I had a fascinating discussion with my sister-in-law, a real-life professional Architect, about the parallels between her work and the type of interface design we do at Juice. In both cases, design requires looking at the problem from many perspectives, blending art and science, creativity and time-tested principles. Sure, she had to go to graduate school for three years and is part of a rigorous apprenticeship system. But when you consider the …
I had a fascinating discussion with my sister-in-law, a real-life professional Architect, about the parallels between her work and the type of interface design we do at Juice. In both cases, design requires looking at the problem from many perspectives, blending art and science, creativity and time-tested principles. Sure, she had to go to graduate school for three years and is part of a rigorous apprenticeship system. But when you consider the ways we approach and solve problems, there are a number of common threads:
Start with the context. For Architects, a project begins with a site analysis to evaluate the available space, direction of the sun and wind, characteristics of surrounding buildings, street patterns and other environmental factors that need to co-exist with the building. The parallel in interface design is considering the context of users: What is their typical workflow? What other data and reporting are they working with? What decisions will be made from viewing the data? What is their skill level?
Decipher client needs The ultimate job of the architect and interface designer is to translate vague but strongly-held desires of the client into a practical reality. There are straightforward functional requirements: “I need a house with three bedrooms upstairs.” And there are more subtle demands: “The application needs to be simple enough for anyone to use.”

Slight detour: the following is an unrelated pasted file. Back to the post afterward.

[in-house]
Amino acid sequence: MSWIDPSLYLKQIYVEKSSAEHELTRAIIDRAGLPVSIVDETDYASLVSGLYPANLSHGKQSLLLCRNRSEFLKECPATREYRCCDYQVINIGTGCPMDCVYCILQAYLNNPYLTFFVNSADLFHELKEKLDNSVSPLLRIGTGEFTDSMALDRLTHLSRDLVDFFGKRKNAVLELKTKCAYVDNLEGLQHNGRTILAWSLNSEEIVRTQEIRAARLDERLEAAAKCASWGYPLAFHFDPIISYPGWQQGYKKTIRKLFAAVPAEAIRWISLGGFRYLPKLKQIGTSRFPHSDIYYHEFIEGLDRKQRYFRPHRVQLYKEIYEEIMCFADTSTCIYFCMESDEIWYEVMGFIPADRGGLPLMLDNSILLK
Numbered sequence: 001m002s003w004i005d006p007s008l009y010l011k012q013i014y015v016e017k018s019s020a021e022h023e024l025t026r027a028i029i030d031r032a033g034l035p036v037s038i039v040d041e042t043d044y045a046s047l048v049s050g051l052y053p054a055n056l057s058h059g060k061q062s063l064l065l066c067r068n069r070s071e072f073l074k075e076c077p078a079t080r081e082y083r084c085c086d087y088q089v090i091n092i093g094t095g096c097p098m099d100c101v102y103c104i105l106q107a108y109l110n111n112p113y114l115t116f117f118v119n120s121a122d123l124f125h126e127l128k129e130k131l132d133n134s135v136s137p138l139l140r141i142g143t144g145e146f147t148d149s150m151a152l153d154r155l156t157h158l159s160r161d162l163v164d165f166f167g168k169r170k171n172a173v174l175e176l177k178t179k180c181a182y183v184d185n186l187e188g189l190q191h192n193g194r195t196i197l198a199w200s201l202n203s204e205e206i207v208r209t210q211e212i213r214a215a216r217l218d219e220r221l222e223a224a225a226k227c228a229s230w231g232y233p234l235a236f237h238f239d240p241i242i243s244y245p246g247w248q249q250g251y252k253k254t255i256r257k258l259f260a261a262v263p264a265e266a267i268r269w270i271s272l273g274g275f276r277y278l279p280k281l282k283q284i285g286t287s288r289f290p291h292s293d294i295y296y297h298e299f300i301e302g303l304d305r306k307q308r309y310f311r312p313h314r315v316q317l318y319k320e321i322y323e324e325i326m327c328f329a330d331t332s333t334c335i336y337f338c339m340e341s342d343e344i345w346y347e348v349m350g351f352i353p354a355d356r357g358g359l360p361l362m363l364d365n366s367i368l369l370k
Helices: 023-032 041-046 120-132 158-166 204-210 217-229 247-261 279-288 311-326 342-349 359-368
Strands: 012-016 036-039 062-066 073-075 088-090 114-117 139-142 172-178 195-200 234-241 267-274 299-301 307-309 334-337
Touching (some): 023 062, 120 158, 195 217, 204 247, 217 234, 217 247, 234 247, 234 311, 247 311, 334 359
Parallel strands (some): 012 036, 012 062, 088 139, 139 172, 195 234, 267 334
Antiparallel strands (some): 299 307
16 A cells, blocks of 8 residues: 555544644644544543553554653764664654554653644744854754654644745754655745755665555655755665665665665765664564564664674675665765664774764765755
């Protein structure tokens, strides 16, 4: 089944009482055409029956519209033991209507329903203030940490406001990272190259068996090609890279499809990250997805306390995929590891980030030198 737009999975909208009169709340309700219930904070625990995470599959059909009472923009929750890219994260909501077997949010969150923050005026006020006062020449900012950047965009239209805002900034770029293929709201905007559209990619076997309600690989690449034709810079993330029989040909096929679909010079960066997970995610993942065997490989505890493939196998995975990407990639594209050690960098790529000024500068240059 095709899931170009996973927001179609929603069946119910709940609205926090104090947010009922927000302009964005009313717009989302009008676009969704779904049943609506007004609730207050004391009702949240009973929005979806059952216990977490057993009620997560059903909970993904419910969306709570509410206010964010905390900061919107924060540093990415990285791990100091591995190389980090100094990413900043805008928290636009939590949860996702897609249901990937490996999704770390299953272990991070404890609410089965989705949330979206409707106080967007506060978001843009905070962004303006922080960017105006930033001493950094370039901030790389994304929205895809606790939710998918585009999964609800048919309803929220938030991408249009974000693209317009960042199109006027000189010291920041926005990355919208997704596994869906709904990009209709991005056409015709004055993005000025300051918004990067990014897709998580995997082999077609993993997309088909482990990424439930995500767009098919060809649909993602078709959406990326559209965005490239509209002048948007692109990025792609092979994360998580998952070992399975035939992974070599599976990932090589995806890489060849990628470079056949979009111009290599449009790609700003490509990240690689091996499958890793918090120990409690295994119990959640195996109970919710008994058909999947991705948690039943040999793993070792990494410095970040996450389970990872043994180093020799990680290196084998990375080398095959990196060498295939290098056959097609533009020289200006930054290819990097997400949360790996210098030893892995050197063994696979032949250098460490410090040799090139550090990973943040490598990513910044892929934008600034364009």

Evolved toward reality. It wasn’t hard to find parallels in the ways that we approach the process of designing. Like interface design, the architectural design process evolves from the most abstract (blocks of wood) to more realistic representations (drawings and models). The more realistic the format, the more time intensive and the more clearly the concept and details can be communicated. At Juice, we are particularly fond of prototyping analytical applications because it gives our clients an opportunity to engage with the interface and data directly.
Build a narrative. Like any piece of art, a building needs a core story that characterizes its essential qualities. In our interface designs, we call these design principles. These are the basic truths that we want to permeate the application. Here’s an example of design principles for a reporting application design:
a) You’re one click away from what you need; b) Allow lightweight, temporary ways of paying attention to something; c) Alerts are so important that they are always visible